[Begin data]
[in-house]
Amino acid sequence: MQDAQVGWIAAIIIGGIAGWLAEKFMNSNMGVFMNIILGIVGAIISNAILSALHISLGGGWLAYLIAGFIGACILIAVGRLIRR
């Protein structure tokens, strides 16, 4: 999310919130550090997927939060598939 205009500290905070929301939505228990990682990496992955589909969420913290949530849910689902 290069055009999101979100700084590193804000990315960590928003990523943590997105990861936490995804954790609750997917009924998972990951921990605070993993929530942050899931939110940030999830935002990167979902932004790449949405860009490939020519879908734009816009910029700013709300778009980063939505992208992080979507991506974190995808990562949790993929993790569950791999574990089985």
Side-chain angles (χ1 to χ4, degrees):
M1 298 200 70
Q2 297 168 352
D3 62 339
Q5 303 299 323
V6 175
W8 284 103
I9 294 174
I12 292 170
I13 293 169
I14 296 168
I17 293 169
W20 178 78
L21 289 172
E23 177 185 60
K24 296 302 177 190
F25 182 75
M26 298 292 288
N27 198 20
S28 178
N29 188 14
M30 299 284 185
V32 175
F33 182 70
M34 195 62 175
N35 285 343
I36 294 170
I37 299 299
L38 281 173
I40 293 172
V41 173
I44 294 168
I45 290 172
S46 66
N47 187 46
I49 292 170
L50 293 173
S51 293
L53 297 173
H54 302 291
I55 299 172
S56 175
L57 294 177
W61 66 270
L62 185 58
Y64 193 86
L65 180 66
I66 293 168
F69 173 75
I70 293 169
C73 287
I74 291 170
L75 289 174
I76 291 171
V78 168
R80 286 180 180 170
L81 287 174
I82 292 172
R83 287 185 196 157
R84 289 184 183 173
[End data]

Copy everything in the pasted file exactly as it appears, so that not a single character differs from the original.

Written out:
[in-house]
Amino acid sequence: MQDAQVGWIAAIIIGGIAGWLAEKFMNSNMGVFMNIILGIVGAIISNAILSALHISLGGGWLAYLIAGFIGACILIAVGRLIRR
């Protein structure tokens, strides 16, 4: 999310919130550090997927939060598939 205009500290905070929301939505228990990682990496992955589909969420913290949530849910689902 290069055009999101979100700084590193804000990315960590928003990523943590997105990861936490995804954790609750997917009924998972990951921990605070993993929530942050899931939110940030999830935002990167979902932004790449949405860009490939020519879908734009816009910029700013709300778009980063939505992208992080979507991506974190995808990562949790993929993790569950791999574990089985």
Side-chain angles (χ1 to χ4, degrees):
M1 298 200 70
Q2 297 168 352
D3 62 339
Q5 303 299 323
V6 175
W8 284 103
I9 294 174
I12 292 170
I13 293 169
I14 296 168
I17 293 169
W20 178 78
L21 289 172
E23 177 185 60
K24 296 302 177 190
F25 182 75
M26 298 292 288
N27 198 20
S28 178
N29 188 14
M30 299 284 185
V32 175
F33 182 70
M34 195 62 175
N35 285 343
I36 294 170
I37 299 299
L38 281 173
I40 293 172
V41 173
I44 294 168
I45 290 172
S46 66
N47 187 46
I49 292 170
L50 293 173
S51 293
L53 297 173
H54 302 291
I55 299 172
S56 175
L57 294 177
W61 66 270
L62 185 58
Y64 193 86
L65 180 66
I66 293 168
F69 173 75
I70 293 169
C73 287
I74 291 170
L75 289 174
I76 291 171
V78 168
R80 286 180 180 170
L81 287 174
I82 292 172
R83 287 185 196 157
R84 289 184 183 173